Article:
Not long ago I moved into a new place with the worst case of big-kitchen/no-counterspace problem I’ve ever seen. I’m still waiting for the landlord to give me the go-ahead to build cabinets, but that’s been three months now and I’ve grown weary of chopping veggies on the pergo flooring. Maybe it wasn’t that bad, but it was enough motivation to build a butcher block table.
It wasn’t but a few days after preliminary sketches for the table that my girlfriend, Staj, noticed an old butcher block countertop leaning against the front porch (under cover, thankfully) of a neighbors home. Eyeing the construction dumpster out front, I recognized a perfect opportunity to board the reclaimed material train. What you notice about the block is the feathered lamination on the front corner. This accent was not of original intention, but the result of reclamation. The counter had obviously been cut to fit a wall or island and after long deliberating an approach to the missing section, I chased the rising sun. Later, I inlaid to another angled accent to balance the corner.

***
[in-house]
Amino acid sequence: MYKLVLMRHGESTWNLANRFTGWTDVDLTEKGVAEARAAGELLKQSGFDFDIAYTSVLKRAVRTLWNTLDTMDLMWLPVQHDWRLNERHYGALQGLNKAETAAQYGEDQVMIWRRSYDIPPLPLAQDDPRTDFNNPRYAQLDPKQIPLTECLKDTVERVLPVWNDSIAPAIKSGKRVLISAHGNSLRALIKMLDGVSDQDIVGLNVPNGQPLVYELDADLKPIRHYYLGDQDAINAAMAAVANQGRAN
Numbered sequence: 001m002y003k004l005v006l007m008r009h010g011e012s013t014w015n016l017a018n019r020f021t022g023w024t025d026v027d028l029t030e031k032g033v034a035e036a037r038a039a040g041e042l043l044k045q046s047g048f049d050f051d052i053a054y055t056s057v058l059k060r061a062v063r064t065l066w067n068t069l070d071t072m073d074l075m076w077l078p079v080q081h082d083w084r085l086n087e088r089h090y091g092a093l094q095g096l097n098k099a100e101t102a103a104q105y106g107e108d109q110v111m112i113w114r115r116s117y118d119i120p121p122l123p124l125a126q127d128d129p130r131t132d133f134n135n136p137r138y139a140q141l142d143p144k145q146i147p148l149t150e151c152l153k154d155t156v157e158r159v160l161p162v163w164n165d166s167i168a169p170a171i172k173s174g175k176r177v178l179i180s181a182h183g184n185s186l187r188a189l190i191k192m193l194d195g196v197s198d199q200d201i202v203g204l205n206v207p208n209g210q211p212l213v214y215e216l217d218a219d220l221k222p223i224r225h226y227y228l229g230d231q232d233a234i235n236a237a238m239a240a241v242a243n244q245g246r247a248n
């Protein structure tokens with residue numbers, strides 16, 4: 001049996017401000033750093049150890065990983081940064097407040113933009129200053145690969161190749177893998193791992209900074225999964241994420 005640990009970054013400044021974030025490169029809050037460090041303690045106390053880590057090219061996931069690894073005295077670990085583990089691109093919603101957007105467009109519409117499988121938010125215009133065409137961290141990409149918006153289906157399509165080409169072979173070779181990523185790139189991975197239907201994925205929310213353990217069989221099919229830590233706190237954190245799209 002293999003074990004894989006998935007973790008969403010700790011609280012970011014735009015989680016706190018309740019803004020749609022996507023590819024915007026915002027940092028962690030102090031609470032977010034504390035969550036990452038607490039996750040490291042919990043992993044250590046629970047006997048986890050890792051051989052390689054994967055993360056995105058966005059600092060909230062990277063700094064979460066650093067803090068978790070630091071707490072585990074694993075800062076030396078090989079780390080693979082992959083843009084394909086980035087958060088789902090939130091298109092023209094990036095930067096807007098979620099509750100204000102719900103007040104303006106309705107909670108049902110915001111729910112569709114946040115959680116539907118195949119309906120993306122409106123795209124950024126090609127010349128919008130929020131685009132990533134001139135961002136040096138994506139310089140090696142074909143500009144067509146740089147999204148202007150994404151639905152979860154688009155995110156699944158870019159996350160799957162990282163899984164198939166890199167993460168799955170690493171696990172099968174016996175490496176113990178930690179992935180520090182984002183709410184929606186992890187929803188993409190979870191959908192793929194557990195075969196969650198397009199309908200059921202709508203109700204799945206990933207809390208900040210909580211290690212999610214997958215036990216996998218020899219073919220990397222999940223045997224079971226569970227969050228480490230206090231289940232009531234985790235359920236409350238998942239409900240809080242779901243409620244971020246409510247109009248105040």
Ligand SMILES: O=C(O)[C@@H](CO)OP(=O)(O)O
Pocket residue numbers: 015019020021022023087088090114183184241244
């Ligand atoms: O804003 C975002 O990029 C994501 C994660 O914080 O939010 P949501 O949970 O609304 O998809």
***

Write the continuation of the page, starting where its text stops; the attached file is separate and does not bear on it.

Being fairly new to furniture building, it’s become a goal of mine to incorporate a new joinery method with each new piece I design and build. Staj planted the seed about a slatted shelf on the bottom and the ball began rolling. This was my opportunity to approach through tenons. A through tenon is an ornamental twist on the long-standing mortise-and-tenon joining technique. A hole is bored completely through the mortised piece, allowing the tenon to slide entirely through and protrude out the opposite side. The tenoned shelf slats are floating, meaning no glue, nails or screws are holding them in place. Confusing, right? I still can’t properly explain it to Staj, but at least there’s some mystery behind it.
Any good carpenter will tell you the wood will often times tell you where it should be incorporated into a piece. A piece of cherry sapwood has been sitting like a black swan in the lumber stack for a while; not clear enough to meet the demands of close-minded clients. The sharp contrast in grain color lends itself nicely to this table made from a combination of cherry and maple. Not only that, but it was perfect in length to construct all three rails and the drawer front, adding a cool wrapped look.
No more sweeping the floor before mincing garlic. Plus, new low profile kniferack fits in drawer, clearing up precious counter space for the compost bin.